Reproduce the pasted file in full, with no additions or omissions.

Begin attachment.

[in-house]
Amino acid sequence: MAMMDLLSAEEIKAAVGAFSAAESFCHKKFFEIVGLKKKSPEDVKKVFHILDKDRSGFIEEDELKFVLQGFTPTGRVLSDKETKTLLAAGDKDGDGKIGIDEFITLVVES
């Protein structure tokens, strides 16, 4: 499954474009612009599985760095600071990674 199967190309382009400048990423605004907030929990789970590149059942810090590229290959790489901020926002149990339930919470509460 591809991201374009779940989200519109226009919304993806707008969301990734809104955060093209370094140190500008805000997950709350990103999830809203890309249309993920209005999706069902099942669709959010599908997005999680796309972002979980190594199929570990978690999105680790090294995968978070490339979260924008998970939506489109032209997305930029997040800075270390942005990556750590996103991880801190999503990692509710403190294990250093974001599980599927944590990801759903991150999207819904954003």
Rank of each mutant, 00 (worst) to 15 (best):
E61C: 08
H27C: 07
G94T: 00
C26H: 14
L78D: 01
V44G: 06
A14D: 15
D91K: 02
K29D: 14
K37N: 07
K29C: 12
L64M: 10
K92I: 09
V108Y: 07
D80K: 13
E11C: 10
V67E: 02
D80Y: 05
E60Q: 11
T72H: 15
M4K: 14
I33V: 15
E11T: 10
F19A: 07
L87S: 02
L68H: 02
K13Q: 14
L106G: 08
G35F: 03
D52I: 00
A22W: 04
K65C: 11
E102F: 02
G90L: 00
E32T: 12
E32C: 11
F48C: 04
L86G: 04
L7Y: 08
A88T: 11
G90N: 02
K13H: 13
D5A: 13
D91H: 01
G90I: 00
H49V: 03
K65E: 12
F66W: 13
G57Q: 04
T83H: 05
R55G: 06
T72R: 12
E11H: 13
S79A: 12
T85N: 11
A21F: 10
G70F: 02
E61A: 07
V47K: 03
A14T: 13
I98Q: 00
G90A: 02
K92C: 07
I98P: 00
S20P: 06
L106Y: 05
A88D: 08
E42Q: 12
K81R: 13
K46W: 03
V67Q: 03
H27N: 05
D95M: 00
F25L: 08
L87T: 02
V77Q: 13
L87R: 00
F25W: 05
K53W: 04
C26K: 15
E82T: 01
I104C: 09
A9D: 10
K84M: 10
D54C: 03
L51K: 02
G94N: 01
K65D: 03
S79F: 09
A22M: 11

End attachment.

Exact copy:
[in-house]
Amino acid sequence: MAMMDLLSAEEIKAAVGAFSAAESFCHKKFFEIVGLKKKSPEDVKKVFHILDKDRSGFIEEDELKFVLQGFTPTGRVLSDKETKTLLAAGDKDGDGKIGIDEFITLVVES
């Protein structure tokens, strides 16, 4: 499954474009612009599985760095600071990674 199967190309382009400048990423605004907030929990789970590149059942810090590229290959790489901020926002149990339930919470509460 591809991201374009779940989200519109226009919304993806707008969301990734809104955060093209370094140190500008805000997950709350990103999830809203890309249309993920209005999706069902099942669709959010599908997005999680796309972002979980190594199929570990978690999105680790090294995968978070490339979260924008998970939506489109032209997305930029997040800075270390942005990556750590996103991880801190999503990692509710403190294990250093974001599980599927944590990801759903991150999207819904954003």
Rank of each mutant, 00 (worst) to 15 (best):
E61C: 08
H27C: 07
G94T: 00
C26H: 14
L78D: 01
V44G: 06
A14D: 15
D91K: 02
K29D: 14
K37N: 07
K29C: 12
L64M: 10
K92I: 09
V108Y: 07
D80K: 13
E11C: 10
V67E: 02
D80Y: 05
E60Q: 11
T72H: 15
M4K: 14
I33V: 15
E11T: 10
F19A: 07
L87S: 02
L68H: 02
K13Q: 14
L106G: 08
G35F: 03
D52I: 00
A22W: 04
K65C: 11
E102F: 02
G90L: 00
E32T: 12
E32C: 11
F48C: 04
L86G: 04
L7Y: 08
A88T: 11
G90N: 02
K13H: 13
D5A: 13
D91H: 01
G90I: 00
H49V: 03
K65E: 12
F66W: 13
G57Q: 04
T83H: 05
R55G: 06
T72R: 12
E11H: 13
S79A: 12
T85N: 11
A21F: 10
G70F: 02
E61A: 07
V47K: 03
A14T: 13
I98Q: 00
G90A: 02
K92C: 07
I98P: 00
S20P: 06
L106Y: 05
A88D: 08
E42Q: 12
K81R: 13
K46W: 03
V67Q: 03
H27N: 05
D95M: 00
F25L: 08
L87T: 02
V77Q: 13
L87R: 00
F25W: 05
K53W: 04
C26K: 15
E82T: 01
I104C: 09
A9D: 10
K84M: 10
D54C: 03
L51K: 02
G94N: 01
K65D: 03
S79F: 09
A22M: 11